A former stable lass who worked in racing for more than 40 years has been honoured with a Lifetime in Racing award.
Alma Wigmore, who was just 15 when she began her first job in a racing yard in 1958, was presented with the Racing Welfare award by Newmarket Trainers’ Federation chairman Mark Tompkins during a ceremony at Great Yarmouth races on Thursday to mark her dedication to the racing industry.
Now 72, Alma was born in Hampshire and brought up in Staffordshire by her Uncle Bill who was, she said, ‘racing mad’.
“He used to tell me about my Irish grandmother who was also a great racing fan and never missed a meeting at Punchestown which was her favourite track.
“So you don’t have to look far to see where the love of racing came from,” said Alma.
She started work at trainer Bob Ward’s yard at nearby Hednesford, where she had already learned to ride as a weekend lass and two years later made the move to Newmarket, joining the staff at Jack Waugh’s Heath House.
After a year, she moved to Phantom House where she worked for Ryan Jarvis until the late 1960s before travelling to South Australia to take up the job of head lass at Colin Hayes’ stables which had just moved to the wine-producing area in the Barossa Valley, north of Adelaide where the trainer was setting up what was to become one of the world’s great racing and breeding centres.
Alma said some of the best memories of her career are from her time in Australia where among the horses she rode out regularly was Fans who finished third in the 1968 Melbourne Cup.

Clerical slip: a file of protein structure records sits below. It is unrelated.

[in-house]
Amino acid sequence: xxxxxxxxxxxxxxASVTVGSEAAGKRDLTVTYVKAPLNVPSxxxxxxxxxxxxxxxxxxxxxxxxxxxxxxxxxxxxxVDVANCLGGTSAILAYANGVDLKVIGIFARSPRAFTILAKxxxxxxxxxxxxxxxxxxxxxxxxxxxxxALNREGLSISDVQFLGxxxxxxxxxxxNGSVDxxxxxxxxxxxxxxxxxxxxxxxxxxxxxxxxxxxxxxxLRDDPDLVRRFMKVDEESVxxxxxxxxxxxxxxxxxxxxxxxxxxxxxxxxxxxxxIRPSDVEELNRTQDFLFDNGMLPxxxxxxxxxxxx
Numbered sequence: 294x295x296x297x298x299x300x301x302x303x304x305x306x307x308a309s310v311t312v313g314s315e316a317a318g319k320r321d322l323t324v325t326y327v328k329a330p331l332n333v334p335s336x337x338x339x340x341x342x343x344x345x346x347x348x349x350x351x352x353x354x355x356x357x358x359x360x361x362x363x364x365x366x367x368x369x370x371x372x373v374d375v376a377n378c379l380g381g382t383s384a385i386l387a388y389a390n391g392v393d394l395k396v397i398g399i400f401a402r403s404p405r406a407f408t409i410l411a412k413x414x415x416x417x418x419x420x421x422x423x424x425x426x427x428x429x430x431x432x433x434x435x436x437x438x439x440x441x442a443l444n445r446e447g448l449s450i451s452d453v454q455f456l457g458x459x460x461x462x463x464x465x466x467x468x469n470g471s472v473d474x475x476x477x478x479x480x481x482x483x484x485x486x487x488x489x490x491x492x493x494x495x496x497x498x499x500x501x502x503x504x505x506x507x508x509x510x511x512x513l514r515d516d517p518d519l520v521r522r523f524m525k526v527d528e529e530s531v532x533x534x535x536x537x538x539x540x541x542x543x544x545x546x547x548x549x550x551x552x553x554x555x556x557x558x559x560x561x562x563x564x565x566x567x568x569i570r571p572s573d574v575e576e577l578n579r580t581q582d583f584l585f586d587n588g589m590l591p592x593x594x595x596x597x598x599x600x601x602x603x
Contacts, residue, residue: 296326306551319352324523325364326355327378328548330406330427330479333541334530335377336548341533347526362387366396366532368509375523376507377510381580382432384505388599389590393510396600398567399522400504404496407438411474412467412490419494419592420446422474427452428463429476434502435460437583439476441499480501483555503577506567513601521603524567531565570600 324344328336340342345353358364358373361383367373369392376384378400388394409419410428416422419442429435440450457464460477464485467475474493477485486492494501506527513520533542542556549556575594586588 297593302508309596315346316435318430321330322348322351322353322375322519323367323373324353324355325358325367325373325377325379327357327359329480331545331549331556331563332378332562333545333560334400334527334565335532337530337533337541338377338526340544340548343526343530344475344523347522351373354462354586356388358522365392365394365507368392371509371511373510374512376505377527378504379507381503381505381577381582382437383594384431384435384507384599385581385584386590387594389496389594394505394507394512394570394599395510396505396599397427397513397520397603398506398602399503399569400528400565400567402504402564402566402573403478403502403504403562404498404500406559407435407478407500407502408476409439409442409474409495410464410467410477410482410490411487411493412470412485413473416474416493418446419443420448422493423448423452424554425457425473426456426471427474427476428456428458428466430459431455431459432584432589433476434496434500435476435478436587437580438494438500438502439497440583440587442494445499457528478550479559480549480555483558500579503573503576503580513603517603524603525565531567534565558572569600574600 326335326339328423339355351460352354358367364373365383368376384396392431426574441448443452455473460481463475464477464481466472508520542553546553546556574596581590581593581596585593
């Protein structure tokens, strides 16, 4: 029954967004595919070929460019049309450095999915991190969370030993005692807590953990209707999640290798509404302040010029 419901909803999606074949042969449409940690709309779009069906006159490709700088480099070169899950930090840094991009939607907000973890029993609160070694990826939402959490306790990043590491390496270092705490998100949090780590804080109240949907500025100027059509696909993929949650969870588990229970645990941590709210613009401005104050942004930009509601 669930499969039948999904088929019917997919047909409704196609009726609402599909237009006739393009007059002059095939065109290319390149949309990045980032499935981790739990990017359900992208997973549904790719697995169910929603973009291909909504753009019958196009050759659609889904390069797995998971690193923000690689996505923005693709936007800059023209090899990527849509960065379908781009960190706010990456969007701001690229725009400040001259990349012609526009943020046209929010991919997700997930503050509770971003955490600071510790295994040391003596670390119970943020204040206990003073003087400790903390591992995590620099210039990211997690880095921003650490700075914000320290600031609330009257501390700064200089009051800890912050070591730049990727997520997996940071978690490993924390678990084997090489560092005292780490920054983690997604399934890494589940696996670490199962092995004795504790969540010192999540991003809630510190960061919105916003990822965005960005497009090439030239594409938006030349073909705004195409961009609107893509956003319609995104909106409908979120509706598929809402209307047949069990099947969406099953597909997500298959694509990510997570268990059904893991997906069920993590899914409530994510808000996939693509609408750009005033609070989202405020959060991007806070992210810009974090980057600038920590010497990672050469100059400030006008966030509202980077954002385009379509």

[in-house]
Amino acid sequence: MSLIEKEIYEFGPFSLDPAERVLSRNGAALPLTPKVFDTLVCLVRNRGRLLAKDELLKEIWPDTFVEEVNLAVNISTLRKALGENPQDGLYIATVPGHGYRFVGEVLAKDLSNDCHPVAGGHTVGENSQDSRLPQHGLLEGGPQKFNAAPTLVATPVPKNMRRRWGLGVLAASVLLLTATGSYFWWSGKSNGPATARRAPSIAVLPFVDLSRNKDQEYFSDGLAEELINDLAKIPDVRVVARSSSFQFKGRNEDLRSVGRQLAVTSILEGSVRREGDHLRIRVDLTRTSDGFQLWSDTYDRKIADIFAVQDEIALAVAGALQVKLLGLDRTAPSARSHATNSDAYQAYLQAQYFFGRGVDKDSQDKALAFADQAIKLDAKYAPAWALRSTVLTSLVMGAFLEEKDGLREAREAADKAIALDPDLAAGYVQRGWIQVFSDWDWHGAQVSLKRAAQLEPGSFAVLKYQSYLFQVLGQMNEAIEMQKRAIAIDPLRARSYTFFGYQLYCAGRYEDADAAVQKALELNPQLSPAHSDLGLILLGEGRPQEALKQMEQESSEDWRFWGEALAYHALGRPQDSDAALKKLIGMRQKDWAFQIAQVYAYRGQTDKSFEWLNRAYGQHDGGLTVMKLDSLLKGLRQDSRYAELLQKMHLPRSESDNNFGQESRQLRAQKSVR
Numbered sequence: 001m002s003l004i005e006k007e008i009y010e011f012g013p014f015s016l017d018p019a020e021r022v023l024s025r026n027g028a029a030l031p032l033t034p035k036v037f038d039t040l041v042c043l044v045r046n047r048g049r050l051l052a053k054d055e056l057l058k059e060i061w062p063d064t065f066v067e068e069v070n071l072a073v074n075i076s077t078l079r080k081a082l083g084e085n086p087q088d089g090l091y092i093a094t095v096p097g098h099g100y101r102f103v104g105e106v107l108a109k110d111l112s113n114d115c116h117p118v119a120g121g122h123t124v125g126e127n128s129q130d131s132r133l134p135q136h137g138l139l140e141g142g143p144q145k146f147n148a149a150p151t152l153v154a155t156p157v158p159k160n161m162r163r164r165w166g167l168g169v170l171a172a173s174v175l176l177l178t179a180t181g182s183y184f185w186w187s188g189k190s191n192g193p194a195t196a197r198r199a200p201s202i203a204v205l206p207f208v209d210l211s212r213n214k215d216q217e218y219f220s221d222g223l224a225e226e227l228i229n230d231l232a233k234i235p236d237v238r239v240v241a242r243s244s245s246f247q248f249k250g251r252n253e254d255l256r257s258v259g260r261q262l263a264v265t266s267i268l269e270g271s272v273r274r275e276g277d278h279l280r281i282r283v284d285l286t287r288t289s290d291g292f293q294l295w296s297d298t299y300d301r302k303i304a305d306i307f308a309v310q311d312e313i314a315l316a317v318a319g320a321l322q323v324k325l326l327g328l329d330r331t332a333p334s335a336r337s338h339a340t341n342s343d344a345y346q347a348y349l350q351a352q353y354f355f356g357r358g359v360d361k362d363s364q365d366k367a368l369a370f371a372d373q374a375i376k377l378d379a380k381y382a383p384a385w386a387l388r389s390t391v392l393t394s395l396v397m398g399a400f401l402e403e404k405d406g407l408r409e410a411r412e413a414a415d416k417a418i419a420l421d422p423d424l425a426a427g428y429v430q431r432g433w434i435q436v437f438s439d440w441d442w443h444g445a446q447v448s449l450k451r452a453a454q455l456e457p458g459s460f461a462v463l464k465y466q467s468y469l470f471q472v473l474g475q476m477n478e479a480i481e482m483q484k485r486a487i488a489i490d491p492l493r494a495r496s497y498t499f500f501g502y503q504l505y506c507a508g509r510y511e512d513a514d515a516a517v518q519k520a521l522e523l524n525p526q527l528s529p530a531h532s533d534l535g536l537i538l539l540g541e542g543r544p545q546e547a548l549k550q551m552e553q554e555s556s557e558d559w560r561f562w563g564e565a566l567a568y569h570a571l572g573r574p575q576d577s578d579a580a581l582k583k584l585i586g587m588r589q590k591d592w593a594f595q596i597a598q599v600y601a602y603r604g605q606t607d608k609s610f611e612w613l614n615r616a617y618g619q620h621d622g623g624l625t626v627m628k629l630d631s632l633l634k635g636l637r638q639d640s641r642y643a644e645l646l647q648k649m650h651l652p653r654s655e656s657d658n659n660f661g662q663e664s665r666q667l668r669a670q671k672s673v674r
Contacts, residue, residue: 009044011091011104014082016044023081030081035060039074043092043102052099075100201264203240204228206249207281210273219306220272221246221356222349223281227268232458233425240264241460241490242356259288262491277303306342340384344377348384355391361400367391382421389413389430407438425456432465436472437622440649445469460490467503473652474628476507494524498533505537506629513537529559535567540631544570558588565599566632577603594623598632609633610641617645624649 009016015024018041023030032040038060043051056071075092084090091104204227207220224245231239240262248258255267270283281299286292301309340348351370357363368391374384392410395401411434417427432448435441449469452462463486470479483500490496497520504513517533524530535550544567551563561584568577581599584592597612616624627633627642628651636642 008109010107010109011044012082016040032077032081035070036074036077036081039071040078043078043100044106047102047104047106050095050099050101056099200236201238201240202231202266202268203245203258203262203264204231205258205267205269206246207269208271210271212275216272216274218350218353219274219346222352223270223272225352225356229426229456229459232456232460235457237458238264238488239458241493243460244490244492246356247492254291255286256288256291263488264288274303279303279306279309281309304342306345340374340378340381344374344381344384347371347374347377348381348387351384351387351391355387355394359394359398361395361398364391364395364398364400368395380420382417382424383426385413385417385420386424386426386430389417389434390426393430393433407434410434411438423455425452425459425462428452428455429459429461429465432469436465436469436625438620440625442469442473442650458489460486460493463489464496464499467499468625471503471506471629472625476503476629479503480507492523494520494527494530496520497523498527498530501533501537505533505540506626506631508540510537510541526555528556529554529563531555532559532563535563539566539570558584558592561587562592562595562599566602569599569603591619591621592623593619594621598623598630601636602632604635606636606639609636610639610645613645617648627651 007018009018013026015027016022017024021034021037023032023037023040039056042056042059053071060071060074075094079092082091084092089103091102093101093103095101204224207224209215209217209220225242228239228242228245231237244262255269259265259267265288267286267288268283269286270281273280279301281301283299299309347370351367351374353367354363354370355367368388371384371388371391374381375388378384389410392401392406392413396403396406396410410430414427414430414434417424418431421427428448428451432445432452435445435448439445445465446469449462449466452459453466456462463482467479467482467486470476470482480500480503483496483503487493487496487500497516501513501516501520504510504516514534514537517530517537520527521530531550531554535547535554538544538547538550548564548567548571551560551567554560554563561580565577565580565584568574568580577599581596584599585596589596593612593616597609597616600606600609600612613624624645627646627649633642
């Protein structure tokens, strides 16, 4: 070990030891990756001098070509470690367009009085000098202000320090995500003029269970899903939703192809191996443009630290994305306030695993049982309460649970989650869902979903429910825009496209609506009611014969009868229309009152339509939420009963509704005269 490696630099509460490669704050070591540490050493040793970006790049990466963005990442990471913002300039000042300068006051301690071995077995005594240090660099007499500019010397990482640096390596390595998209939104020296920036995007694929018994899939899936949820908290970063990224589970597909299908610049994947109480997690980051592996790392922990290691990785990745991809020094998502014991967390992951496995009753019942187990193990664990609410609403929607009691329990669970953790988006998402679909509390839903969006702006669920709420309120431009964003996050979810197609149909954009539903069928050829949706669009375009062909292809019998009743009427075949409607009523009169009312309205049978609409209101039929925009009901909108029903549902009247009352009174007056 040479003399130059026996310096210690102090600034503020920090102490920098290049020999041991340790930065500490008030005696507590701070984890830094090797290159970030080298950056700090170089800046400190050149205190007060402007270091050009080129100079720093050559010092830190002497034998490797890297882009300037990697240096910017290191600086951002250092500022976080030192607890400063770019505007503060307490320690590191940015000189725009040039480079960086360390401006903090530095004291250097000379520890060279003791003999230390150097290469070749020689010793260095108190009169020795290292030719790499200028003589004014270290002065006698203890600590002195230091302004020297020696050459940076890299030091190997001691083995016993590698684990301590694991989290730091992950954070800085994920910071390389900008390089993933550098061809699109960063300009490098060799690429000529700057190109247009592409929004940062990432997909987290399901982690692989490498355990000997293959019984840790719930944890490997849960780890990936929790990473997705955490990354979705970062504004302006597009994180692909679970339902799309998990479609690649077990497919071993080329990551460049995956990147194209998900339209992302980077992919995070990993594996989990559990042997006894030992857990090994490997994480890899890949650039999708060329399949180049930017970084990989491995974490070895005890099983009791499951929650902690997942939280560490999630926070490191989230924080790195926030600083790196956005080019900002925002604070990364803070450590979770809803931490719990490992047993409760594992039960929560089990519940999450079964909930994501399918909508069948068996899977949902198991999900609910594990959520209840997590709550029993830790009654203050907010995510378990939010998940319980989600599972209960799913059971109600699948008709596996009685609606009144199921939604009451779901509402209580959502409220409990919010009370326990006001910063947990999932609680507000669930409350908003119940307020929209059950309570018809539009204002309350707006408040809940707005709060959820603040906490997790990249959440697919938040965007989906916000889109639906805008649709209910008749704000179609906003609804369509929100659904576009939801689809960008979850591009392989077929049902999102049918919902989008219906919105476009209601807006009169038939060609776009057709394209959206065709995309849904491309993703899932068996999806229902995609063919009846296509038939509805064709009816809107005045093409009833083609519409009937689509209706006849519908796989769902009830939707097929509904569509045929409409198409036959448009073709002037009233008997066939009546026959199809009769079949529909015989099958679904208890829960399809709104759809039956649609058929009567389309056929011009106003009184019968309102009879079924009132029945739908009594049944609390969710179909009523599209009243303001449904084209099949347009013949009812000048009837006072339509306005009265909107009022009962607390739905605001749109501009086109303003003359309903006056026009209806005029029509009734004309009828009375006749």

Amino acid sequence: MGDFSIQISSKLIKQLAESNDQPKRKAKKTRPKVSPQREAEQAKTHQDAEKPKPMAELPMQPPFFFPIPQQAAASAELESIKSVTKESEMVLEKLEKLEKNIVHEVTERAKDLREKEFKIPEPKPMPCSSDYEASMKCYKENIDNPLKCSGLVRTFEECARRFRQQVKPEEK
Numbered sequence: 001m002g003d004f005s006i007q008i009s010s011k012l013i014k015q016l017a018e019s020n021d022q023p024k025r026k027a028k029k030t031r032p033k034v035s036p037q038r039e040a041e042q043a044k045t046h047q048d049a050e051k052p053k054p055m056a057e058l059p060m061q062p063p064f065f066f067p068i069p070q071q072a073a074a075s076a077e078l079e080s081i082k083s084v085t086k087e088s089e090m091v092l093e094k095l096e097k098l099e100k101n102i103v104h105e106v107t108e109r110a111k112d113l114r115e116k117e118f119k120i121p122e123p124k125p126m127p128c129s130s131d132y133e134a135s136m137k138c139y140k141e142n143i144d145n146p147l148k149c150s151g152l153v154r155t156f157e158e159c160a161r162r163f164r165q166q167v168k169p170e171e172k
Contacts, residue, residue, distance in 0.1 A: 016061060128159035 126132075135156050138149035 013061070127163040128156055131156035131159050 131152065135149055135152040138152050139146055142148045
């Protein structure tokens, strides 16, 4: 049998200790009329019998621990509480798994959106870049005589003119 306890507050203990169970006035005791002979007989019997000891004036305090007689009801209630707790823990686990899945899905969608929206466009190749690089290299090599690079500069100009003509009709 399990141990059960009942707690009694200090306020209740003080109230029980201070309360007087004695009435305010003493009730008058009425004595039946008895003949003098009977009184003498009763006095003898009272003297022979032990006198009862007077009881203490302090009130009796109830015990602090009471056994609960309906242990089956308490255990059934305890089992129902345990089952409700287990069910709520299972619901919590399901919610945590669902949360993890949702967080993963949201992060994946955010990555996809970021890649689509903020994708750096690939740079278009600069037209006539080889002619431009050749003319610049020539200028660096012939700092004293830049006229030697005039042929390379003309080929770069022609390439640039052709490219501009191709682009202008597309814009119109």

“I rode a lot of winners at what we called picnic meetings. It wasn’t like any race meeting here - there would be three gallons of wine and a barbecue and you’d ride the same horse three times in races over two or three furlongs.
“It was a lot of hard work there, but a good life,” she said.
Returning to Newmarket in 1974, Alma went to work for Henry Cecil and his first wife Julie at Warren Place which she described as “not like a job but being part of a big family”.
In her 16 years there, she looked after a number of top-class horses, singling out the filly Chalon, winner among other races, of the Nell Gwynn and the Falmouth Stakes at Newmarket and the Coronation Stakes at Royal Ascot.
So good was Chalon that her trainer once said it was one of the greatest regrets of his illustrious career that he had not entered the filly for the One Thousand Guineas which, he said, she would have won “in a canter”.
When the Cecils separated in 1990, Alma went with Julie who set up as a trainer in her own right at Southgate Stables in Hamilton Road and, after Julie gave up her licence eight years later and went as assistant to William Jarvis, Alma went too until finally retiring in 2001.
“When I’d worked for Ryan Jarvis all those years ago, I’d sometimes babysit for William. So where I’d started was also where I’d ended up,” she said.
Alma lost her partner and husband, starting stalls handler Malcolm Wigmore in 1996 after more than 20 years together and, she said, some more dark days followed after her retirement.
Racing Welfare first suggested that she should receive the Lifetime in Racing Award a couple of years ago.
“I wasn’t in a good place then. Friends had died and things were sometimes very black so I told them I would rather not,” said Alma.
“Since then, I’ve got my act together. I meet up with a load of old racing boys at the Astley Club most days and sit there with them. It’s like being in the tackroom with the boys in the old days and it’s got me laughing again.”